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The Killings at Badger's Drift

We would be remiss if, in a list of cozy crime recommendations, we failed to feature any stories set in a sleepy English village. Of course this setting is used to perfection many of the works of Golden Age authors, Agatha Christie’s Murder at the Vicarage and G.K. Chesterton’s The Innocence of Father Brown spring to mind, but there have been plenty of other authors who have delighted in setting their criminal escapades in quaint villages. Caroline Graham’s countryside setting of Badger’s Drift has in its own way become iconic, as her series was the inspiration behind the long-running television series Midsomer Murders. The first novel in the series, The Killings at Badger’s Drift, opens as the town’s typical tranquility in unexpectedly broken. Miss Simpson, an elderly spinster stumbles across something that was meant to go unseen, shortly afterwards, she is silenced forever. While her death goes unremarked at first, until her best friend Miss Lucy Bellringer insists it was murder. This leads Detective Chief Inspector Barnaby to take a closer look, and to discover the murky underbelly of this seemingly picture-perfect village. Graham’s story fits in wonderfully with the tradition of those Golden Age authors, contrasting the pastoral scenes with the threat of danger and mystery. While touching on darker elements, Graham still maintains the cozy feel of the close community and village lifestyle.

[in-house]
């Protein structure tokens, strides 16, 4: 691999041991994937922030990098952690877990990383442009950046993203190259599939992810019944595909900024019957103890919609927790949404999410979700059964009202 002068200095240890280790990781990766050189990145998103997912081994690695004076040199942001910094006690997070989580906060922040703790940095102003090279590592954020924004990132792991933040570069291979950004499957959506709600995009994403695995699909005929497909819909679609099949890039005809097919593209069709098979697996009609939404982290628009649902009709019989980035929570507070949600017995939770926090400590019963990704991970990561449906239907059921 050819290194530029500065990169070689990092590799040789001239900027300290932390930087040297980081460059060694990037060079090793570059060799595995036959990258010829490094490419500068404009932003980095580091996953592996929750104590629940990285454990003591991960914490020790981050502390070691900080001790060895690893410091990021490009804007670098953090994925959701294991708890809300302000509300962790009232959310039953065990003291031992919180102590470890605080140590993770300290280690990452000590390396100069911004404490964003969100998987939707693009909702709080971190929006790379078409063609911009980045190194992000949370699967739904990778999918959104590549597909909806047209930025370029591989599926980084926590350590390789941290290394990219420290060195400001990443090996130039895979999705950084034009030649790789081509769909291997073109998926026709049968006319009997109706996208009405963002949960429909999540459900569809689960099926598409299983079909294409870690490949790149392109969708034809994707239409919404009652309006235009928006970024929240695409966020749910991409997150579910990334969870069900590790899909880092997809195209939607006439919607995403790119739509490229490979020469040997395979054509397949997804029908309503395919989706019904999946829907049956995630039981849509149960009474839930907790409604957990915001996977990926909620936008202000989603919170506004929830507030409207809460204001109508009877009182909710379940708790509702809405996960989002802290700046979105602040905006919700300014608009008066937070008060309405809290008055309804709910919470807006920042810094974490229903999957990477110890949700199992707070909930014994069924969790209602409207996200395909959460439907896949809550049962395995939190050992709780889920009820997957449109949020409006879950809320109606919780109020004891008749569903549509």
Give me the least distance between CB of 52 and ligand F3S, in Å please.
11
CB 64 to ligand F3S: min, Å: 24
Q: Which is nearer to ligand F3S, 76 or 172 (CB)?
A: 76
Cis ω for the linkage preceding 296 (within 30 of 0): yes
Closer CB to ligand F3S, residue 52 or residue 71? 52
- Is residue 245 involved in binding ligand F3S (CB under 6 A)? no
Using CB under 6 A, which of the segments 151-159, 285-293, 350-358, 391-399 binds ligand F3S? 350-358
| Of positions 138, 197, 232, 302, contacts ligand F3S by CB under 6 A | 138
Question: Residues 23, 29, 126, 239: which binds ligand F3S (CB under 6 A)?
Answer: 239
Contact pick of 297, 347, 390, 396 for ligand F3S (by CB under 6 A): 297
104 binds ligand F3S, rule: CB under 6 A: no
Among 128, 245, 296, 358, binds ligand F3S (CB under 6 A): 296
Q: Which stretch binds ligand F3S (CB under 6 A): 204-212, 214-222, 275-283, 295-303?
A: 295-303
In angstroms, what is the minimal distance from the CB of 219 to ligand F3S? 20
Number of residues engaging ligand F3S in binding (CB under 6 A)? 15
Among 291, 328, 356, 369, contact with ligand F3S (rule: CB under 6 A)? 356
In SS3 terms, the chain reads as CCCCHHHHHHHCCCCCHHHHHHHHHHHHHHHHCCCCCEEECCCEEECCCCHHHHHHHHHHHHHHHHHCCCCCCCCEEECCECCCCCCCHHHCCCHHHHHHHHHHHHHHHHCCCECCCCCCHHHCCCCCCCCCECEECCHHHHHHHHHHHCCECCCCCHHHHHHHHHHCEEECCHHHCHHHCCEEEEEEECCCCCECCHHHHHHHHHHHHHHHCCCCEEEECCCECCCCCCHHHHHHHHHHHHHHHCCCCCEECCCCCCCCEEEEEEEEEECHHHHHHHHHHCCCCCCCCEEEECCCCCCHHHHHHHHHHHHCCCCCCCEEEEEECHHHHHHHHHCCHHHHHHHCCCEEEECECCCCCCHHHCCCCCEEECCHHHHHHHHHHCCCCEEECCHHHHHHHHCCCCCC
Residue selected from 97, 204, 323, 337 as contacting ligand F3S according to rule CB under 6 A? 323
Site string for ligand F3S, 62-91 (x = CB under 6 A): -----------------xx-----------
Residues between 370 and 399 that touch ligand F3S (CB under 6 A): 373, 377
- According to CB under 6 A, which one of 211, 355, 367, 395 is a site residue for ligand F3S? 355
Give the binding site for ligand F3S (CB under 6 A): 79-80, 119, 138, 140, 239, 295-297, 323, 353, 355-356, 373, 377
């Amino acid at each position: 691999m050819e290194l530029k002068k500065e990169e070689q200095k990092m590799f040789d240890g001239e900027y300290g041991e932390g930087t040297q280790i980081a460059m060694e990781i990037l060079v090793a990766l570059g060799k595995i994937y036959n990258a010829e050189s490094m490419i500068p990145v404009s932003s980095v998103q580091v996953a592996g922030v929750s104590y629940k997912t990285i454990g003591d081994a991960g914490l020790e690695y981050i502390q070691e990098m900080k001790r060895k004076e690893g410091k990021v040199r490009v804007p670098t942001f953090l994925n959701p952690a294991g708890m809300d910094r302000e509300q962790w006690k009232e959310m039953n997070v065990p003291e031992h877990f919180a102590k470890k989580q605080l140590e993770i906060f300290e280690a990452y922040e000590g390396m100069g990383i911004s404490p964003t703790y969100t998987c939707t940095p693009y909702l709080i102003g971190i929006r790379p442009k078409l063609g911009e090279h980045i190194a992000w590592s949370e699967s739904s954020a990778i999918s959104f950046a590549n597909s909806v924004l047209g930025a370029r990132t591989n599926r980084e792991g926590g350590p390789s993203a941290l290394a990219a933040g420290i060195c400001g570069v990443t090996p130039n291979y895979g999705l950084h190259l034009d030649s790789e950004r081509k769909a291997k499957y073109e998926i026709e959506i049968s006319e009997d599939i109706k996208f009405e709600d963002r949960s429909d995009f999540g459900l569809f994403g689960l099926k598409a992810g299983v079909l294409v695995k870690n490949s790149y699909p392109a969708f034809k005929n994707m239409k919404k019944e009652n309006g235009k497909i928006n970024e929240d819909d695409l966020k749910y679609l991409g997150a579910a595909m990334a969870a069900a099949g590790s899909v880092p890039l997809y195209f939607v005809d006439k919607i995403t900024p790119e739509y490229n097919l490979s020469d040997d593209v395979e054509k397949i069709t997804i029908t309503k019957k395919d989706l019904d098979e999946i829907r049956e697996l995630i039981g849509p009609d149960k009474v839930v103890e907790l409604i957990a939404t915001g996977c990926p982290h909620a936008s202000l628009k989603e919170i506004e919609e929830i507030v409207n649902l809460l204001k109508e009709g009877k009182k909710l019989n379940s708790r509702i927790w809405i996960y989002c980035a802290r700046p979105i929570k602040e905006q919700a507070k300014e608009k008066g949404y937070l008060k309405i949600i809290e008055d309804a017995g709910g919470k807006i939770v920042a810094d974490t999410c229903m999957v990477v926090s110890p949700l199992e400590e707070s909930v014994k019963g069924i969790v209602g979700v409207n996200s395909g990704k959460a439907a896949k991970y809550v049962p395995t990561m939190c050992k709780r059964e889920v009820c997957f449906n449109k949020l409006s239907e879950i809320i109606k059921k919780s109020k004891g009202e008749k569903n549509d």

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I'm a licensed private investigator and have been for quite a while. I'm a lone wolf, unmarried, getting middle-aged, and not rich. I've been in jail more than once and I don't do divorce ... Show More